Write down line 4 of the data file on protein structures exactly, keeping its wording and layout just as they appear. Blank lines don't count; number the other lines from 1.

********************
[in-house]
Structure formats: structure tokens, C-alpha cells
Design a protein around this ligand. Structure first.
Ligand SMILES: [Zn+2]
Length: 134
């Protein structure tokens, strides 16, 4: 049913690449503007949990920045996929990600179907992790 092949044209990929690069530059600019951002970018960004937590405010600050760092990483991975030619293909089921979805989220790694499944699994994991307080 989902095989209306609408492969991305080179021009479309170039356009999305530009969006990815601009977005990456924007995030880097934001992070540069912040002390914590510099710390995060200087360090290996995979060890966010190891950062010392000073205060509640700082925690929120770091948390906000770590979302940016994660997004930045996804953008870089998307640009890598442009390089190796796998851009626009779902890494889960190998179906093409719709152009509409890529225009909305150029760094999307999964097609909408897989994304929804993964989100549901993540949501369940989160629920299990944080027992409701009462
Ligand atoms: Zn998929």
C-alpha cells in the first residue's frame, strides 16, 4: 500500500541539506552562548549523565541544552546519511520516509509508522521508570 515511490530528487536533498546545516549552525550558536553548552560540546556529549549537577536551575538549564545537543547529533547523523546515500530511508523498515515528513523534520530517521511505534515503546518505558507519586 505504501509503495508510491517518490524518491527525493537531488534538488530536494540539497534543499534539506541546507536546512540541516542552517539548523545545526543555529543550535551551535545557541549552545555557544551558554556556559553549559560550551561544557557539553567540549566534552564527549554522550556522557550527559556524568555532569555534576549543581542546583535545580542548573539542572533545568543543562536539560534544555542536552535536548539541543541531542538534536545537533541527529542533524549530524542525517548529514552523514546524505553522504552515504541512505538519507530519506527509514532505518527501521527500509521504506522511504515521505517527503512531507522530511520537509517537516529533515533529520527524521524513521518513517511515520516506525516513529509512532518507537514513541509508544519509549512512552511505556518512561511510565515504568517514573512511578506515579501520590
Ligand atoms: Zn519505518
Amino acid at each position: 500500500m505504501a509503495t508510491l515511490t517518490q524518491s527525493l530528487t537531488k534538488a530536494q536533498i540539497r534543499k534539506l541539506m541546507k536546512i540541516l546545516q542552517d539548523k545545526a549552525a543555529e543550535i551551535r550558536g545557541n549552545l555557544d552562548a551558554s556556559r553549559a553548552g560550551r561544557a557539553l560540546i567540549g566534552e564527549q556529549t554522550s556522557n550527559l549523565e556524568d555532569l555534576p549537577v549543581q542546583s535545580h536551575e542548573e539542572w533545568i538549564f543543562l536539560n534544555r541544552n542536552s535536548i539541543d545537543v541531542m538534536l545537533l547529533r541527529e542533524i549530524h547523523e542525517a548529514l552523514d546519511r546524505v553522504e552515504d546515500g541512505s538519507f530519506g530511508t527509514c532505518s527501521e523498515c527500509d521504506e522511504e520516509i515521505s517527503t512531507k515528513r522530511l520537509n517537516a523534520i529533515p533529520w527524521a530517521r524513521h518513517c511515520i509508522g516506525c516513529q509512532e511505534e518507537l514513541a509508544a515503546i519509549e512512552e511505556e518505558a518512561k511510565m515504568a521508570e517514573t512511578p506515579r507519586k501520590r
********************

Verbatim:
Ligand SMILES: [Zn+2]